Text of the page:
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VH Footwear/TRUE by Scott Van Horne

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I wonder if I could order a pair of player skates with a Lundqvist loop and the old holders with the the toe tie opening punched out. Replace the rivet with a nut and whip up some sort of covering with some neoprene and boom... goalie/player interchangeable skates.

Unless I’m missing something... but it seems doable. 

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On 12/5/2019 at 2:17 PM, dasuchin said:

Anyone have the tguard tongue and the new thin tongue? How do they feel compared to each other? I ordered my pair with the tguard tongue but I'm thinking about ordering the thin tongue to have as well when I go pick them up.

I'd love to hear feedback on this as well. TRUE's online shop shows separate options for both a T-guard and metatarsal protection....does anyone know the difference between the two? The main TRUE website groups both under the same picture.

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3 hours ago, GunnarStahl said:

I'd love to hear feedback on this as well. TRUE's online shop shows separate options for both a T-guard and metatarsal protection....does anyone know the difference between the two? The main TRUE website groups both under the same picture.

I have never seen the metatarsal tongue in person and we have never had a player order it. We have had quite a few people order the t-guard tongue, including myself, but I really prefer the new standard thin tongue. 

My understanding is with the metatarsal tongue the plastic is inside the fabric and with the t-guard it's external. 

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14 hours ago, SkateWorksPNW said:

I have never seen the metatarsal tongue in person and we have never had a player order it. We have had quite a few people order the t-guard tongue, including myself, but I really prefer the new standard thin tongue.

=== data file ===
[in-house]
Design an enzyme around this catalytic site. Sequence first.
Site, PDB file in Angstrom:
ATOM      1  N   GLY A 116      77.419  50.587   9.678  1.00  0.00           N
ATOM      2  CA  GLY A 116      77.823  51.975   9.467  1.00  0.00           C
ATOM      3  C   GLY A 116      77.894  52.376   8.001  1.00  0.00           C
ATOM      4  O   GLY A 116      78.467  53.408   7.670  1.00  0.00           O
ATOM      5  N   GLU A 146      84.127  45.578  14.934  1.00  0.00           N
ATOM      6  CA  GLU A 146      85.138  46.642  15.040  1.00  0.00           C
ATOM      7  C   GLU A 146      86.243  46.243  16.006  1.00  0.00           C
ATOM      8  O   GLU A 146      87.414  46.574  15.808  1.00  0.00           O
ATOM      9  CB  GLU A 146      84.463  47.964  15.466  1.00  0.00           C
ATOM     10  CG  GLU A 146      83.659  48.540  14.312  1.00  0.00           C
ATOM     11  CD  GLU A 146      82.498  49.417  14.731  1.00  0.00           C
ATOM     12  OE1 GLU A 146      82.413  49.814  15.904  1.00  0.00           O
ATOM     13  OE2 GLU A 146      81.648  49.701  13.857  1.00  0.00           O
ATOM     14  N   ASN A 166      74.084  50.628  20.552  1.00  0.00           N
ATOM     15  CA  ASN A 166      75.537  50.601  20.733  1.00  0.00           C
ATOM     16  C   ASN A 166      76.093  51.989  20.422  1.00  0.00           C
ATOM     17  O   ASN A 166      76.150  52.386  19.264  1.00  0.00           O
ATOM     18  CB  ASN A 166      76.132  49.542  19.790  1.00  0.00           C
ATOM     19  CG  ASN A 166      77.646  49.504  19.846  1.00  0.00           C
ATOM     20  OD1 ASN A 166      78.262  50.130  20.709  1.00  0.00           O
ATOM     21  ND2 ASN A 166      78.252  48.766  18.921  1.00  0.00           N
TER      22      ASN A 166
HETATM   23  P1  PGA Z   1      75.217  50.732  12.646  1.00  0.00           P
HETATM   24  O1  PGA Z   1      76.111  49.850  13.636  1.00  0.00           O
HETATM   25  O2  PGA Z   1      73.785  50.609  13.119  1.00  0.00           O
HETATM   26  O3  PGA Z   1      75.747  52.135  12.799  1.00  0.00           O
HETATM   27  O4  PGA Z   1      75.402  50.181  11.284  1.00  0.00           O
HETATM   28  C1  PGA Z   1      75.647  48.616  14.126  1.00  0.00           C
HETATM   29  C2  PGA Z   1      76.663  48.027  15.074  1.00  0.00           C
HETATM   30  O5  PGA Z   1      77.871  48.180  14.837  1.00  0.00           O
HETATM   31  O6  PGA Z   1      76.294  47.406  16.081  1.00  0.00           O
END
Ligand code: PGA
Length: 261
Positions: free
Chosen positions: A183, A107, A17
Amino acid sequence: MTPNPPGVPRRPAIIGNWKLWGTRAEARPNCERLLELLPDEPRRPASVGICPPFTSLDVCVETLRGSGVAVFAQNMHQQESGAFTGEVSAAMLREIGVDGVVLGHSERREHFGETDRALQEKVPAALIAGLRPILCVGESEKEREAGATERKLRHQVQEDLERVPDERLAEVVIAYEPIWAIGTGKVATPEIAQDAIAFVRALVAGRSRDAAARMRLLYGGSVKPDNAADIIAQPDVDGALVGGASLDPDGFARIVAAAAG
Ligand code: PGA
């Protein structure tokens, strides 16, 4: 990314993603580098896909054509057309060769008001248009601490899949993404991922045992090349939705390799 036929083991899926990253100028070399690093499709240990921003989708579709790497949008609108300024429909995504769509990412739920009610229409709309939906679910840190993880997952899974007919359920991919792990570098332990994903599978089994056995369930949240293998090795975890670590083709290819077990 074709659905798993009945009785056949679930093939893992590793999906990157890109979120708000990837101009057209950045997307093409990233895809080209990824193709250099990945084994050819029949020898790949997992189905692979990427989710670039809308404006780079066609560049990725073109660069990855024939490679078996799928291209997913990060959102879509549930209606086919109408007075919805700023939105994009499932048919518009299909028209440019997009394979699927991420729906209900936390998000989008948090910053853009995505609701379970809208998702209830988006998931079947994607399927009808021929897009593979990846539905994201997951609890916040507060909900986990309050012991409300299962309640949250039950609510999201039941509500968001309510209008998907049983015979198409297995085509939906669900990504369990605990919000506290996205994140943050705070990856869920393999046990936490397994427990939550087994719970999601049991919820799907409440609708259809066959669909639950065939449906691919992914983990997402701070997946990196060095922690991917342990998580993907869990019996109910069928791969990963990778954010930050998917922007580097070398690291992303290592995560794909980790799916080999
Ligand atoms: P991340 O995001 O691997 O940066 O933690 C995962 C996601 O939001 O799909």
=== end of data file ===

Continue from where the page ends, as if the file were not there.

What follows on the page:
My understanding is with the metatarsal tongue the plastic is inside the fabric and with the t-guard it's external. 

I ordered mine with the t-guard tongue so that's how they'll come in and how I'll get them baked. If I order the thin tongue and swap it out myself, do I need to rebake them? Or can I just swap them and go?

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2 hours ago, dasuchin said:

I ordered mine with the t-guard tongue so that's how they'll come in and how I'll get them baked. If I order the thin tongue and swap it out myself, do I need to rebake them? Or can I just swap them and go?

You can just swap it in and go. If you want to be very thorough you can just bake the tongue in the oven for 4 min, attach it to the skate, and lace the skates up and wait for the tongue to cool down. 

Edited by SkateWorksPNW
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Just wanted to give a quick update on my True's since I've now been skating in them for 3 months.

-Durability: Rock solid. I've eaten a couple shots off the ankles and feet and things look fine. No glue or stitching issues.

-Feel: I'm used to the boot now. Coming from FT2 it did feel quite a bit stiffer and with more forward lean. I've grown to like this. On long skates like pick ups where I might be on my feet for 60+ minutes, this can get a little tiring on my calves.

-Looks: Still love the looks with my Step Black in there. Have gotten a few compliments

-Performance: Really can feel my edges more than before. I've been able to go from 5/8 to 11/16 and I feel a little faster. I'm winning races for pucks and on breakaways defenseman aren't able to catch me as easily. I do not find the heavier weight to be noticeable or an issue.

What I have noticed for sure, is the padding/foams inside sort of... condense? I think I mentioned it before but now that they are really broken in, I'm feeling some extra volume overall and they definitely need a rebake and rewrap on my foot. Over the past 4 or 5 skates I've found myself having to relace my skates multiple times per game to try to keep things as tightened up as possible. No foot pain whatsoever, unlike my FT2 which would leave my foot throbbing.

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34 minutes ago, z1ggy said:

Just wanted to give a quick update on my True's since I've now been skating in them for 3 months.

-Durability: Rock solid. I've eaten a couple shots off the ankles and feet and things look fine. No glue or stitching issues.

-Feel: I'm used to the boot now. Coming from FT2 it did feel quite a bit stiffer and with more forward lean. I've grown to like this. On long skates like pick ups where I might be on my feet for 60+ minutes, this can get a little tiring on my calves.